The Other Side tells of a dream kingdom which becomes a nightmare, of a journey to Pearl, a mysterious city created deep in Asia, which is also a journey to the depths of the subconcious, or as Kubin himself called it, 'a sort of Baedeker for those lands which are half known to us'. Written in 1908, and more or less half way between Meyrink and Kafka, it was greeted with wild enthusiasm by the artists and writers of the Expressionist generation. Franz Marc called it a magnificent reckoning with the 19th century and Kandinsky said it was almost a vision of evil, while Lyonel Feininger wrote to Kubin. 'I live much in Pearl, you must have written it and drawn it for me'. It will appeal to fans of Mervyn Peake and readers who like the darkly decadent, the fantastic and the grotesque in their reading. Alfred Kubin (1877-1959) was one of the major graphic artists of the 20th century who was widely known for his illustrations of writers of the fantastic such as Balzac, E.T.A. Hoffmann, Gustav Meyrink and Edgar Allan Poe, of whom he illustrated at least 50 books. In his combination of the darkly decadent, the fantastic and the grotesque, in his evocations of dream and nightmare, his creation of an atmosphere of mystery and fear he resembles Mervyn Peake. The Other Side (1908) is his only work of fiction. Expressionist illustrator Kubin wrote this fascinating curio, his only literary work in 1908. A town named Pearl, assembled and presided over by the aptly named Patera, is the setting for his hallucinatory vision of a society founded on instinct over reason. Culminating apocalyptically - plagues of insects, mountains of corpses and orgies in the street - it is worth reading for its dizzying surrealism alone. Though ostensibly a gothic macabre fantasy, it is tempting to read The Other Side as a satire on the reactionary, idealist utopianism evident in German thought in the early twentieth century, highly prescient in its gloom, given later developments. The language often suggests Nietsche. The inevitable collapse of Patera's creation is lent added horror by hindsight. Kubin's depiction of absurd bureaucracy is strongly reminiscent of Kafka's The Trial, and his flawed utopia, situated next to a settlement of supposed savages, brings to mind Huxley's Brave New World; it precedes both novels, and this superb new translation could demonstrate its influence on subsequent modern literature. Kieron Pim in Time Out. The danger of a purely ideological enterprise is exposed in this unusual novel first published in 1908, and which seems now to be horribly prescient about what the Nazis would perpetrate 30 years later. A 'dream state' is created, where reason doesn't matter, only instinct, and its full horrors are realised. Powerful but highly engaging too. The Sunday Herald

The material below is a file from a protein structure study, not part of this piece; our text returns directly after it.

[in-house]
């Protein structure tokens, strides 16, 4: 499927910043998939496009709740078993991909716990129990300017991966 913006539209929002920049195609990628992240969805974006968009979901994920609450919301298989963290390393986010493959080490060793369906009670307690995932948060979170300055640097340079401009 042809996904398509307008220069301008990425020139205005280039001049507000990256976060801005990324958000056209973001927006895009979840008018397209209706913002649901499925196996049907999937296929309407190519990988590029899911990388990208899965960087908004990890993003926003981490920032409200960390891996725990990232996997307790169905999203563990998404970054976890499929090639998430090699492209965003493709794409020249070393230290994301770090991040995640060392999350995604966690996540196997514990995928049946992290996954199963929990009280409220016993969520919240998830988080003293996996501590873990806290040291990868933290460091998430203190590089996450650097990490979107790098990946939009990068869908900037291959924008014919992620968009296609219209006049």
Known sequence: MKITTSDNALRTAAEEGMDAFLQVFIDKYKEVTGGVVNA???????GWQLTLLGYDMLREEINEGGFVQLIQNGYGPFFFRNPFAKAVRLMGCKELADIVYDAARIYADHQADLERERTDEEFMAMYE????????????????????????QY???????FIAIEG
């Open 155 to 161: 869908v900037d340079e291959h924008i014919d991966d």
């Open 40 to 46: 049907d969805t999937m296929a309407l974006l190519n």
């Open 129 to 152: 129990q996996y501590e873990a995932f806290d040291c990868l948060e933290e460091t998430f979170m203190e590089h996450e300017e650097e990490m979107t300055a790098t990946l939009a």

The German philosopher Friedrich Nietzsche became one of the most influential thinkers of the nineteenth century. Nietzsche's utterance 'God is dead', his insistence that the meaning of life is to be found in purely human terms, and his doctrine of the Superman and the will to power were all later seized upon and unrecognisably twisted by, among others, Nazi intellectuals. The works of Friedrich Nietzsche have fascinated readers around the world ever since the publication of his first book more than a hundred years ago.
From celebrated Pulitzer Prize-winning writer Thornton Wilder, three of the greatest plays in American literature together in one volume.
This omnibus edition brings together Wilder’s three best-known plays: Our Town, The Skin of Our Teeth, and The Matchmaker. In includes a preface by the author, as well as a foreword by playwright John Guare.
Our Town, Wilder's timeless Pulitzer Prize-winning look at love, death, and destiny, opened on Broadway in 1938 and continues to be celebrated and performed around the world.
The Skin of our Teeth, Wilder's 1942 romp about human follies and human endurance starring the Antrobus family of Excelsior, New Jersey, earned Wilder his third Pulitzer Prize.
The Matchmaker, Wilder's brilliant 1954 farce about money and love starring that irrepressible busybody Dolly Gallagher Levi. This play inspired the Broadway musical Hello, Dolly!
This eBook features the unabridged text of ‘Swann’s Way by Marcel Proust - Delphi Classics (Illustrated)’ from the bestselling edition of ‘The Complete Works of Marcel Proust’.
Having established their name as the leading publisher of classic literature and art, Delphi Classics produce publications that are individually crafted with superior formatting, while introducing many rare texts for the first time in digital print. The Delphi Classics edition of Proust includes original annotations and illustrations relating to the life and works of the author, as well as individual tables of contents, allowing you to navigate eBooks quickly and easily.eBook features:* The complete unabridged text of ‘Swann’s Way by Marcel Proust - Delphi Classics (Illustrated)’* Beautifully illustrated with images related to Proust’s works* Individual contents table, allowing easy navigation around the eBook* Excellent formatting of the textPlease visit www.delphiclassics.com to learn more about our wide range of titles
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